Billing up slightly at architecture firms—for the first time in 6 months

Sign up to get free Building Salt Lake emails in your inbox.

Building Salt Lake Pro and Premium Members can search for any building permit in Salt Lake City. Stay in the know in the market by becoming a Member today.

We last checked in with architecture professionals six months ago in October – when their six-month slide in billings began.

As leading indicators of construction activity, designers in architecture and engineering aren’t reporting much good news. The American Institute of Architects’ (AIA) nationwide figures for February and March show slowed decline, at least. And there’s one slight positive indicator.

Contracts and inquiries are down, again, from the previous month.

In addition, residential designers are experiencing a slowdown not felt since the first phase of the pandemic. It’s the quietest of all sectors.

Yet a slight uptick in billing – led by firms with a diverse portfolio of projects across sectors—offers some hope. Residential is down, but other sectors are may be on the way up—or at least stabilizing.

Here’s the latest from AIA’s Architecture Billings Index.

Billings, contracts, inquiries



In February, only the West region reported more activity that the previous month. In March, it was only the Midwest. In both both months, three declined as one upticked.



Client preferences

The extent to which AIA’s values, called its “Framework for Design Excellence,” were being prioritized by clients was also measured in March.

AIA current Design Excellence categories, not in a ranked order:

•Health of people in and around a building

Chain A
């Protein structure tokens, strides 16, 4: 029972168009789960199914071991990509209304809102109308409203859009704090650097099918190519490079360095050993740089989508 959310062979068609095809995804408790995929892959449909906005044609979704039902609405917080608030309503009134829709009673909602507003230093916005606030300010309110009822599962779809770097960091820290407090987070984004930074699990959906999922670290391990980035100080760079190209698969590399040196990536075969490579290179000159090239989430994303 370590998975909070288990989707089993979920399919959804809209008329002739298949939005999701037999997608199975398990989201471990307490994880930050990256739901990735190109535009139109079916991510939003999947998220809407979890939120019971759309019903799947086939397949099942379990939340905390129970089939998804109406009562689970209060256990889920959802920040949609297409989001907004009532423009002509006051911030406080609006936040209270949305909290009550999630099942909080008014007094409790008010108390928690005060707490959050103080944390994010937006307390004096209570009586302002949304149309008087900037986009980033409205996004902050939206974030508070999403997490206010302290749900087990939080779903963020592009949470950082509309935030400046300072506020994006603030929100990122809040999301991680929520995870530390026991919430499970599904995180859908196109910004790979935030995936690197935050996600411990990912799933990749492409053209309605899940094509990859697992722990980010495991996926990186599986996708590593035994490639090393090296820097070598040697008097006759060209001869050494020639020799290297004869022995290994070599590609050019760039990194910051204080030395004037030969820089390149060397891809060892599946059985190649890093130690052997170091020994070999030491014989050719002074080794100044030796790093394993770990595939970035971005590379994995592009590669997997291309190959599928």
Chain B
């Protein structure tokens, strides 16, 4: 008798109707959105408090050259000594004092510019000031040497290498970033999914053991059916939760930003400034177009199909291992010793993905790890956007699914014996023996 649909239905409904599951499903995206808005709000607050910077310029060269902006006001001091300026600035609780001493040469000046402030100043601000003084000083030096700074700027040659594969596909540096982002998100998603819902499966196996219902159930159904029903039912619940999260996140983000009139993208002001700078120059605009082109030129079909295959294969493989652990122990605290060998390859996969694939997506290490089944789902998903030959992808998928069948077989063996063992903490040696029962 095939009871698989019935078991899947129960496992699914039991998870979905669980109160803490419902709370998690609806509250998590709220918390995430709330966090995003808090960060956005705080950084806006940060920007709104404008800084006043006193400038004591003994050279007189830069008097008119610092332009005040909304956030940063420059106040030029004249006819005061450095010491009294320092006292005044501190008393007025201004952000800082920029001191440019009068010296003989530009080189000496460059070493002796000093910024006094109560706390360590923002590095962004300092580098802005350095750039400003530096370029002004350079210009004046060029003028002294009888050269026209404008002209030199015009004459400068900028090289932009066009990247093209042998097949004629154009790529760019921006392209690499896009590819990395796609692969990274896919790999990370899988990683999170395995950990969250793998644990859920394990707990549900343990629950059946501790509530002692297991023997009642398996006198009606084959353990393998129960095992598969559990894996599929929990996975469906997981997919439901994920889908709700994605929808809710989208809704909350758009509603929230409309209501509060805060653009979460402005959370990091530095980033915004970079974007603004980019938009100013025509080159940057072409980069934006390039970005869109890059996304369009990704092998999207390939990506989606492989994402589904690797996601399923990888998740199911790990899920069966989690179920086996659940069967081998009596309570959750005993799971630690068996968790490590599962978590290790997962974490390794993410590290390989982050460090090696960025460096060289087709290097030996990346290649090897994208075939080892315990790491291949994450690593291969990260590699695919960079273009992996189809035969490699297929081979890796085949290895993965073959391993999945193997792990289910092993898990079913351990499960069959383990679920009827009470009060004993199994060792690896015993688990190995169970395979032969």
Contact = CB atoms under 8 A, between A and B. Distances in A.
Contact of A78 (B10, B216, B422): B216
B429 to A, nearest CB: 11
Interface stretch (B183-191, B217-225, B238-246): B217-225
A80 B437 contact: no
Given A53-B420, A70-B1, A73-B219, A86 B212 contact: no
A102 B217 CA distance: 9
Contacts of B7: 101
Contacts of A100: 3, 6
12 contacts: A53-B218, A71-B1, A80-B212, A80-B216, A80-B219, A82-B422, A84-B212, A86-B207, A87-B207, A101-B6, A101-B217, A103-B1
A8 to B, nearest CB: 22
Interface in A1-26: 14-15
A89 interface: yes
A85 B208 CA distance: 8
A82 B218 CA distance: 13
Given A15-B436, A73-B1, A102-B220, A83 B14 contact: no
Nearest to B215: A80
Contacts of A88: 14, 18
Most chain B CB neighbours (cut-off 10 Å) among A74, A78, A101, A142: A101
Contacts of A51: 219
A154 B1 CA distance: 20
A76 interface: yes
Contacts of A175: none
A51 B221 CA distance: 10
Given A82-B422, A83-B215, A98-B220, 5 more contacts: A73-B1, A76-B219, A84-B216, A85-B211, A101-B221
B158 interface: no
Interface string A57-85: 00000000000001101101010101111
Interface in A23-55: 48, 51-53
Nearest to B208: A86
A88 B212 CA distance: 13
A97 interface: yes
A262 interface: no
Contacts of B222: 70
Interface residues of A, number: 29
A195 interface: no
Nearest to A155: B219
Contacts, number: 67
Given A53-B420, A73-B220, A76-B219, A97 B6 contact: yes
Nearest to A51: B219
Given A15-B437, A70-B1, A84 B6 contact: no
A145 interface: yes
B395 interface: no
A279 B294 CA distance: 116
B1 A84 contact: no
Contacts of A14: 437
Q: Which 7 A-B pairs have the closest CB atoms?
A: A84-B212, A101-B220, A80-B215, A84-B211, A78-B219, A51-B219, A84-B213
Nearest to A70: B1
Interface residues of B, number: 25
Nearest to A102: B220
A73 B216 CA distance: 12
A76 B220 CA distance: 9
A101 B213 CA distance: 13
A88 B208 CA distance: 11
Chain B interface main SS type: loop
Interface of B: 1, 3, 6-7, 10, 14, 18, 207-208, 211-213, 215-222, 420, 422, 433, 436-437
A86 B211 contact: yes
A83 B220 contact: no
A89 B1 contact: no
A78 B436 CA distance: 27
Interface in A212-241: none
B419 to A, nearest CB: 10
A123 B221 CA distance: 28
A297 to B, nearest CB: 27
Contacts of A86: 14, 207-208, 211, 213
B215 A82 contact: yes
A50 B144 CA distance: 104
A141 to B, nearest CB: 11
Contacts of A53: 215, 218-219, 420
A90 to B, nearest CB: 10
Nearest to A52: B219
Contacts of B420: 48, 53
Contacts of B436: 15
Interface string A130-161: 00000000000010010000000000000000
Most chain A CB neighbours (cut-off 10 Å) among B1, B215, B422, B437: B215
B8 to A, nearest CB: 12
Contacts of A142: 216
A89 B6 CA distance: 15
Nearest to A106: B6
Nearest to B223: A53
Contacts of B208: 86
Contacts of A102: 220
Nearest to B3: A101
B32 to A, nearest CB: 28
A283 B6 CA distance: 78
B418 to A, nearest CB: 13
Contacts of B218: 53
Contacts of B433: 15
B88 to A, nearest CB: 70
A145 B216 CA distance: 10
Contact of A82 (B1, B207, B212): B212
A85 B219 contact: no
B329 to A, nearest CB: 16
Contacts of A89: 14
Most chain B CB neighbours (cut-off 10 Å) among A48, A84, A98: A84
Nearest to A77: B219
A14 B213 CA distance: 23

•Resilience of a system after a “hazardous event”

•Zero Carbon – reducing embodied and operational carbon of buildings

•Equity –  “the state in which everyone is treated fairly and involved in making decisions regarding the potentially harmful consequences of industrial and governmental operations and policies.”

Of course, developers have other priorities. Somewhat notably, they ranked all of the association’s values at least of moderate importance, according to responding firms.

Health—which sounds like active lifestyle amenities to a building programmer—not surprisingly ranked high among clients. AIA reports “63% of firms indicating that their clients placed a high priority on issues related to health for projects over the last year.”

Email Luke Garrott

Interested in seeing where developers are proposing and building new apartments in Salt Lake, or just want to support a local source of news on what’s happening in your neighborhood? Subscribe to Building Salt Lake.

Posted by Luke Garrott

Luke Garrott, PhD, has published in The Salt Lake Tribune and the Deseret News, and written features for the Salt Lake City Weekly City Guide and The West View. A former two-term councilman in Salt Lake City's District 4, he lives in Downtown Salt Lake City and grew up in the Chicago area.